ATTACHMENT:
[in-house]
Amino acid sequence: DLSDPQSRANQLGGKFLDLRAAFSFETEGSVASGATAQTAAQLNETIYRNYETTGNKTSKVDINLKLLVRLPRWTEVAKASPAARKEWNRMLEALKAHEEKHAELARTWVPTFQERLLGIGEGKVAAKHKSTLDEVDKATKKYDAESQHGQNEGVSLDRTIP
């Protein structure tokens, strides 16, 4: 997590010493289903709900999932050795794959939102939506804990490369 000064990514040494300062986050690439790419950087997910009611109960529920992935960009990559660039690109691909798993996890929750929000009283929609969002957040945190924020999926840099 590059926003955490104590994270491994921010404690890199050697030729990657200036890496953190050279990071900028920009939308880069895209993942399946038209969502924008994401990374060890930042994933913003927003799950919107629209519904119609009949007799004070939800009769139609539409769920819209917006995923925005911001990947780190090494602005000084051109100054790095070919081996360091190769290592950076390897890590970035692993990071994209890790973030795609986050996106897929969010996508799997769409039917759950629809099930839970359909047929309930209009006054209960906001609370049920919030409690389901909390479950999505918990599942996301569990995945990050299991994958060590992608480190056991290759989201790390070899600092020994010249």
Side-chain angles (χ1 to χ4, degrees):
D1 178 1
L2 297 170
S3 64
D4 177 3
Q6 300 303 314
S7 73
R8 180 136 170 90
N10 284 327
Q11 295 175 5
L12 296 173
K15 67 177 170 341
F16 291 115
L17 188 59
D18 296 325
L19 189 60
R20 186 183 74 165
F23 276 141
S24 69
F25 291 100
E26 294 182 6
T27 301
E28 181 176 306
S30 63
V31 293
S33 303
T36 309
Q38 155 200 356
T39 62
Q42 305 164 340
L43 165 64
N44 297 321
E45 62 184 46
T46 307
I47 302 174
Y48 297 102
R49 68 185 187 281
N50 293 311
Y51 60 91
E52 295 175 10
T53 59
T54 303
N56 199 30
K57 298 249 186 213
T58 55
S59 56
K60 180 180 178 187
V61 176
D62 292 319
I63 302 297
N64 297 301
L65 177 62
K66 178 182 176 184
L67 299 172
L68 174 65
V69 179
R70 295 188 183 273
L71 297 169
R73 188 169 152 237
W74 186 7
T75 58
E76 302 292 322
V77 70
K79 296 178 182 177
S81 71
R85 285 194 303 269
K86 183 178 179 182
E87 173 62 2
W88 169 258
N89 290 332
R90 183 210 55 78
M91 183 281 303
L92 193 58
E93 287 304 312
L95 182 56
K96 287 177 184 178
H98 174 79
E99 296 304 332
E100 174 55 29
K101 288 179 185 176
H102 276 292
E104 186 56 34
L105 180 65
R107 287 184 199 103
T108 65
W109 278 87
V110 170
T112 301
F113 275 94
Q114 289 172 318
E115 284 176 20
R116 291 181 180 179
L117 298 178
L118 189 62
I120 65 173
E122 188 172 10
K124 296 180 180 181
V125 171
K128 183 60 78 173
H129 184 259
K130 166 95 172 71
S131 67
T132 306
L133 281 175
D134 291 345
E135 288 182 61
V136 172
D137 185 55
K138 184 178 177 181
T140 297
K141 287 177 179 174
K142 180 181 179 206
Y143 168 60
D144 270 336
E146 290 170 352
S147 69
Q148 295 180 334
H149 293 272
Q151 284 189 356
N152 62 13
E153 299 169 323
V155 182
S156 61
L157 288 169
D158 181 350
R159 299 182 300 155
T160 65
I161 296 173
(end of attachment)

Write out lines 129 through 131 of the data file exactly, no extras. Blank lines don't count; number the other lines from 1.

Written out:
R159 299 182 300 155
T160 65
I161 296 173